Tuesday, 13 March 2012

Coeducation is no more an issue in Pakistan

Coeducation is defined as the integrated education of males and females in the same institutions. The proposition, coeducation is no more an issue in Pakistan, carries an embedded assumption that in the past coeducation has been an issue in Pakistan. But it’s a settled issue now. What did bring about the sea change in the society?

To understand it we need to look at the past. It appears that traditional structures of the society such as tribalism and feudalism regarded the very education particularly of female unnecessary if not harmful altogether. They also assigned a secondary social position to the women. The Mullah also joined the club and interpreted the coeducation as an un-Islamic practice. So, the conservative mindset was in fact an amalgamation of antipathy towards modern education and an inferior status of women.

However, the process of modernization characterized by industrialization, urbanization, education and incremental media exposure gradually changed the general thinking regarding the social status of women and their role in the various walks of life. People also realized:

“Acquisition of knowledge is first and foremost duty of every men and women.”

Industrialization and business induced a change in the patterns of economy and opened up new opportunities for the women to take part in economic activity. This provided an impetus for change in attitude towards the role and position of the women. Similarly, urbanization and media also played an important role in loosening the traditional bonds of culture and religion.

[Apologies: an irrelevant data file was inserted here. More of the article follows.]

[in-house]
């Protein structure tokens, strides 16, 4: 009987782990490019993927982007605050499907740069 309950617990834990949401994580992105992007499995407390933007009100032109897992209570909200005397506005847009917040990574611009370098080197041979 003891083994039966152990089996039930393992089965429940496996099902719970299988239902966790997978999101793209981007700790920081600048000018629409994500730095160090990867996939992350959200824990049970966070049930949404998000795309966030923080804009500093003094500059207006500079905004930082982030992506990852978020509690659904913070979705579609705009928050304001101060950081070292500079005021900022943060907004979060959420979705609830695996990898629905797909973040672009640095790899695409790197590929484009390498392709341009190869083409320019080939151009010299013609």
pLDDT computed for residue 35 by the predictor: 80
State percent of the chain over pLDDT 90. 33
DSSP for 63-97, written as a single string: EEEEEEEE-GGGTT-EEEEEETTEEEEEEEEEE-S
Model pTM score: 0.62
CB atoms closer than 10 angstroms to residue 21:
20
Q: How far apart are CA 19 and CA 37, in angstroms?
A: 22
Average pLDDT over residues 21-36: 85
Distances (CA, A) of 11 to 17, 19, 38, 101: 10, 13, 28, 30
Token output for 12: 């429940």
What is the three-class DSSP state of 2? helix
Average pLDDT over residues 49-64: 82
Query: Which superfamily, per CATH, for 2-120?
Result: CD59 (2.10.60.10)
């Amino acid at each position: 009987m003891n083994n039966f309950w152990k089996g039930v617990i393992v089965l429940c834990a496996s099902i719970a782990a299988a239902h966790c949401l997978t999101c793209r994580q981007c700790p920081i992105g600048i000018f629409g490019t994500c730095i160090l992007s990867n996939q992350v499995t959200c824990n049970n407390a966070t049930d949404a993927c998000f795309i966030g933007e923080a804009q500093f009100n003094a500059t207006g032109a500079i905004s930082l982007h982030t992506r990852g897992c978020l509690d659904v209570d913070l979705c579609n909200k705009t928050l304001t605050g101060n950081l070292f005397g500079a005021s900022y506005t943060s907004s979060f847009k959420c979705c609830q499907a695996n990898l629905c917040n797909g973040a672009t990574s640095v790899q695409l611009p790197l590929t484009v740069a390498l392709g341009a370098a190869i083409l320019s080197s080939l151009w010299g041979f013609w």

The awareness created by the modern education and media associated with the modernization processes played a great role in dissolving the issue of coeducation. It enabled people to overcome the influences of tradition and religion. And there was a greater realization that women were responsible, trustworthy, and capable to learn and contribute like men.

Besides this change in the mindset, there was an economic logic of coeducation as well. The state had not enough resources to establish single-sex education institutions at all level due to the resources constraints. Owing to the aforementioned factors there was a greater urge for education of men and women in the society. Therefore the idea of coeducation became more acceptable.

To conclude, it is clear by now that the issue of coeducation was dissolved in Pakistan largely due to the gradual change in the mindset of the society. The modernization processes such as greater industrialization, expansion of urban centres, media, education and economic pressures played their role as a catalyst for change.
Moreover, coeducation in Pakistan is by and large provided at the university level only. This perhaps has also helped to assuage the concerns regarding the mixed-sex education.

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